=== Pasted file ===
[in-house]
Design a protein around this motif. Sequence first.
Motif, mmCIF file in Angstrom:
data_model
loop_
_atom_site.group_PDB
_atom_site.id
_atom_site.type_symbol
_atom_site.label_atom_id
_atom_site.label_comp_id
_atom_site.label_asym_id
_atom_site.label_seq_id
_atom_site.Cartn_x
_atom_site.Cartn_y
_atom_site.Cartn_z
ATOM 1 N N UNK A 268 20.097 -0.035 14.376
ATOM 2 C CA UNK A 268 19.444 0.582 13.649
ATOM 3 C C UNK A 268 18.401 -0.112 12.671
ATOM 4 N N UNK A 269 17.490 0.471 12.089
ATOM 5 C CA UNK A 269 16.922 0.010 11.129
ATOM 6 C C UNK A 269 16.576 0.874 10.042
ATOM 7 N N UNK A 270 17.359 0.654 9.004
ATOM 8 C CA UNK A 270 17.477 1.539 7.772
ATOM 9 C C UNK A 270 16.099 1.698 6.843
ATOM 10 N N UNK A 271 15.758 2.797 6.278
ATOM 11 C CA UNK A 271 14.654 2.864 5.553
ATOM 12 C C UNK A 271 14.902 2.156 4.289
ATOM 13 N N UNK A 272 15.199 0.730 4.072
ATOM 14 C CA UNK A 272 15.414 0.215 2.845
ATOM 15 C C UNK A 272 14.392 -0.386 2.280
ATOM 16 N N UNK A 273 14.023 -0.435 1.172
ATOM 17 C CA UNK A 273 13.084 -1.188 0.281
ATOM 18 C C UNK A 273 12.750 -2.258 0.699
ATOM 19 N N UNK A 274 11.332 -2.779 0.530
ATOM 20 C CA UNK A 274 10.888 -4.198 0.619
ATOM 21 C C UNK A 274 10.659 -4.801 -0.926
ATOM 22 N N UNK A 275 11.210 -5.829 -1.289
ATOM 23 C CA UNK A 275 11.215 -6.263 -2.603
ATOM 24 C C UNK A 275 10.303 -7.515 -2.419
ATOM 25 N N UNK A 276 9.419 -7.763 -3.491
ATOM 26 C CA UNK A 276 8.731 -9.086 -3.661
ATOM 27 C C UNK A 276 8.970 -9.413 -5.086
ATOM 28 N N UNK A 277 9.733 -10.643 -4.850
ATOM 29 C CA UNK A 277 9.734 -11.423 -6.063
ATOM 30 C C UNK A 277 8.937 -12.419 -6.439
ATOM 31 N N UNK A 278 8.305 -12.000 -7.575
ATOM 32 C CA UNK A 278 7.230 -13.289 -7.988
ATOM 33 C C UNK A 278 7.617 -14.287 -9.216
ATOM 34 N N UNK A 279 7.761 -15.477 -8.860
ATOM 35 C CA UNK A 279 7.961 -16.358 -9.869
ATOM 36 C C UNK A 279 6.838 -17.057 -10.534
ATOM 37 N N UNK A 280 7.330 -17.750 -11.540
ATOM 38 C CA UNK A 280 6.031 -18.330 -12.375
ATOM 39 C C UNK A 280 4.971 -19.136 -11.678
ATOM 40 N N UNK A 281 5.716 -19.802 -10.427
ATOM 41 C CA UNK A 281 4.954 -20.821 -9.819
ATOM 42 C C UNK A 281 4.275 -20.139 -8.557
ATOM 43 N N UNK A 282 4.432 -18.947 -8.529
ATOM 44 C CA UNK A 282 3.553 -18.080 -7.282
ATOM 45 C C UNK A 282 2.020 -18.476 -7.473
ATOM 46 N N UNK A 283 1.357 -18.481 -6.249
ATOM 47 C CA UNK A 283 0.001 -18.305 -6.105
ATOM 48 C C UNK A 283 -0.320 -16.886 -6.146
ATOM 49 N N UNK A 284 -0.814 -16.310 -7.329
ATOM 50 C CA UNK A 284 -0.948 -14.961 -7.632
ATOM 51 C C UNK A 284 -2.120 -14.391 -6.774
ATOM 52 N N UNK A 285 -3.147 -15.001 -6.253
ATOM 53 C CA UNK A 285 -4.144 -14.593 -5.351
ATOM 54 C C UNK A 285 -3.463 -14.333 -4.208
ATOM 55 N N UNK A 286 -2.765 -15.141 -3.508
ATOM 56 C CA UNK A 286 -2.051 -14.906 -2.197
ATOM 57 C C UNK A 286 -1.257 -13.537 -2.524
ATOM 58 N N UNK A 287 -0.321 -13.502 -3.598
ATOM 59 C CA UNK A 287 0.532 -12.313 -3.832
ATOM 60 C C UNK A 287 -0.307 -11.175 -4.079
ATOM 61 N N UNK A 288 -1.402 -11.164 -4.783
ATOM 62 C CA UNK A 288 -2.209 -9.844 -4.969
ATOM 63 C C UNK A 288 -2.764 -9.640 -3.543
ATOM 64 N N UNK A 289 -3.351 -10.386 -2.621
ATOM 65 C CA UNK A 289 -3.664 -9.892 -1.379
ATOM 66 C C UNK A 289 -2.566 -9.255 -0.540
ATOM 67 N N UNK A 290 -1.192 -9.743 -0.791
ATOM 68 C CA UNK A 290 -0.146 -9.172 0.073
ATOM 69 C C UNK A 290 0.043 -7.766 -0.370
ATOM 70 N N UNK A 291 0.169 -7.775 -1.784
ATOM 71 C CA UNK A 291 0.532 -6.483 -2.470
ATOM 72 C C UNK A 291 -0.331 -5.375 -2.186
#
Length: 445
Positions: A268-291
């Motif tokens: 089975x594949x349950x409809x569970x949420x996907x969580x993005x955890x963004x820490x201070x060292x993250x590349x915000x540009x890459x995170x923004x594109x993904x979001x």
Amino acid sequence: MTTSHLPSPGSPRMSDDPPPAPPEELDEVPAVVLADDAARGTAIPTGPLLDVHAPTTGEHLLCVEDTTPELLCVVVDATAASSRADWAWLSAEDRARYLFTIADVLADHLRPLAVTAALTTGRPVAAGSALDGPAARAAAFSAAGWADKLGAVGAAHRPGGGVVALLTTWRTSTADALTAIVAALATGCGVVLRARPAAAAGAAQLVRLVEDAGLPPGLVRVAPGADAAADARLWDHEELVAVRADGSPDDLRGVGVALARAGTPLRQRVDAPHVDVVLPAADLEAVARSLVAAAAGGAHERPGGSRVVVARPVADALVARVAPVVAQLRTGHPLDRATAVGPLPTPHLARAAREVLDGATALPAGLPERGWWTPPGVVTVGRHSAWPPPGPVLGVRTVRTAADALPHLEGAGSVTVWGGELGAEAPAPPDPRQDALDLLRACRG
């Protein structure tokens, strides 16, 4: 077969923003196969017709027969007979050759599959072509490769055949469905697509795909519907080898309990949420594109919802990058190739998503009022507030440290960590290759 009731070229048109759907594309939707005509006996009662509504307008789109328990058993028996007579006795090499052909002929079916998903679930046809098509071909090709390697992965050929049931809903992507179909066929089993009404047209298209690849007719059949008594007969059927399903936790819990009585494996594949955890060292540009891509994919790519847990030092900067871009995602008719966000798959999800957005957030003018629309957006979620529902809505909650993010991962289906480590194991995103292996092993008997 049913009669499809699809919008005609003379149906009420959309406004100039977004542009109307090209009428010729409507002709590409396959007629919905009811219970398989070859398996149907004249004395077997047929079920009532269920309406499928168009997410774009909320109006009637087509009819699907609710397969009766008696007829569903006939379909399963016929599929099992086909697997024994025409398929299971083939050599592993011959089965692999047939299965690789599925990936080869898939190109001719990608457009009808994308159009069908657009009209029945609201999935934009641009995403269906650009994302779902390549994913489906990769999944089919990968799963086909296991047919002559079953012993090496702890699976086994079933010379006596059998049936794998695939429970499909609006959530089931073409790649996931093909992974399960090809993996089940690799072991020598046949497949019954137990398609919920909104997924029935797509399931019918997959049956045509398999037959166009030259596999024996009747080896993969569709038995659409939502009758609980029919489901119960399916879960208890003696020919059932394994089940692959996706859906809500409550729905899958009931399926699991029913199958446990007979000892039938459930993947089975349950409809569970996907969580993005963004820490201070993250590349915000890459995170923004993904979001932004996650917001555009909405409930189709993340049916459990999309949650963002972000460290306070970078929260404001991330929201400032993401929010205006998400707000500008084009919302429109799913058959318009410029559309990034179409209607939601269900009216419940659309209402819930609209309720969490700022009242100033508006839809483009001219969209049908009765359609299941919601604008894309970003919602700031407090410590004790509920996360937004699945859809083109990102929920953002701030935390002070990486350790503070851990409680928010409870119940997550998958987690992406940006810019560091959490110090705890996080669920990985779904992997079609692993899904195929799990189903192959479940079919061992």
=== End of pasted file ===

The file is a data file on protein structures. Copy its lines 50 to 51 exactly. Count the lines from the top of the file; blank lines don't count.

ATOM 35 C CA UNK A 279 7.961 -16.358 -9.869
ATOM 36 C C UNK A 279 6.838 -17.057 -10.534